"I call him my miracle baby. He almost didn't make it into this world. I remember so many times when I almost lost him. It was so hard. Well he's all grown up now, and I still worry about his health. Everybody treats him like he's different, but to me, he's just my baby. He's my Timmy, and I love him."
- Pam Tebow
See the spot at http://video.yahoo.com/watch/6934303/18023446
A retaliation/protest ad sponsored by Planed Parenthood sprang up as a reaction; the spot features Gold Medalist Al Joyner and former NFL player Sean James.
That's right: PP is having two men carry its message.
You just can't make this stuff up.
Friday, February 5, 2010
Thursday, February 4, 2010
Tuesday, February 2, 2010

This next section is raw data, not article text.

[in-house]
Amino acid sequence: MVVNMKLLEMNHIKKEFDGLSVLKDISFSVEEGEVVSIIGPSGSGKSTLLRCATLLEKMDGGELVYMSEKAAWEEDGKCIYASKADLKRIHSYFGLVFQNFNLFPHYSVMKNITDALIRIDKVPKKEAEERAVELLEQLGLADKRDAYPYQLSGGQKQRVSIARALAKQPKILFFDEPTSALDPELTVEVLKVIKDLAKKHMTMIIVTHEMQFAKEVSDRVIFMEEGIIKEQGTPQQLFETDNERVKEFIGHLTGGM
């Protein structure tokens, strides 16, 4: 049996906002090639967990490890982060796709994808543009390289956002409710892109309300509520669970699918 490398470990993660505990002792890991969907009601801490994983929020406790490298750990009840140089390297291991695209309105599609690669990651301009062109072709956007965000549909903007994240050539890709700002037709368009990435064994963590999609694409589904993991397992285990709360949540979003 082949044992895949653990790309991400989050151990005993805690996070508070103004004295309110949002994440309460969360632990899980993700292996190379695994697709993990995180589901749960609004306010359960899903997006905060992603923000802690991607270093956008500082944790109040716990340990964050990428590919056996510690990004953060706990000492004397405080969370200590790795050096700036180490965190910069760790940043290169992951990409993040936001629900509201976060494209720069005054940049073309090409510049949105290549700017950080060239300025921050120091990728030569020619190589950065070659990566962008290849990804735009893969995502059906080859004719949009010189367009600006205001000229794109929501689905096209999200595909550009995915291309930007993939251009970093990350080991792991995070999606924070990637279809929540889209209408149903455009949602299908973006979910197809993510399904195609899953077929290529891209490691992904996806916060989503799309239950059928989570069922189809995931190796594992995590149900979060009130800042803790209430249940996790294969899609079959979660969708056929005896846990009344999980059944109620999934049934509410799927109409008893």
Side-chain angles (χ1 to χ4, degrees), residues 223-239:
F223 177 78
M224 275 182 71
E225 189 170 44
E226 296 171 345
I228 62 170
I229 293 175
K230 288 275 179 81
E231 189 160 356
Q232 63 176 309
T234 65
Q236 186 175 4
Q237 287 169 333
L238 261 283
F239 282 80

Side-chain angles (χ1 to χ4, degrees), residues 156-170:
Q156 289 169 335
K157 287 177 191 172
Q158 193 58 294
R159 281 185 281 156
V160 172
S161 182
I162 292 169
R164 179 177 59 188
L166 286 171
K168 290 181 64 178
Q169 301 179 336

A key take-away from the AJC article above is not about the need for Catholic schools, but the growing number of Catholics in the region.
From the article: "A decade ago there were about 311,000 Catholics in the metro Atlanta area, according to the Archdiocese of Atlanta, now there are about 850,000."
Georgia is still Southern Baptist country, but Catholics now outnumber all the other Protestant denominations besides Baptist: Methodist, Presbyterian, Lutheran, etc.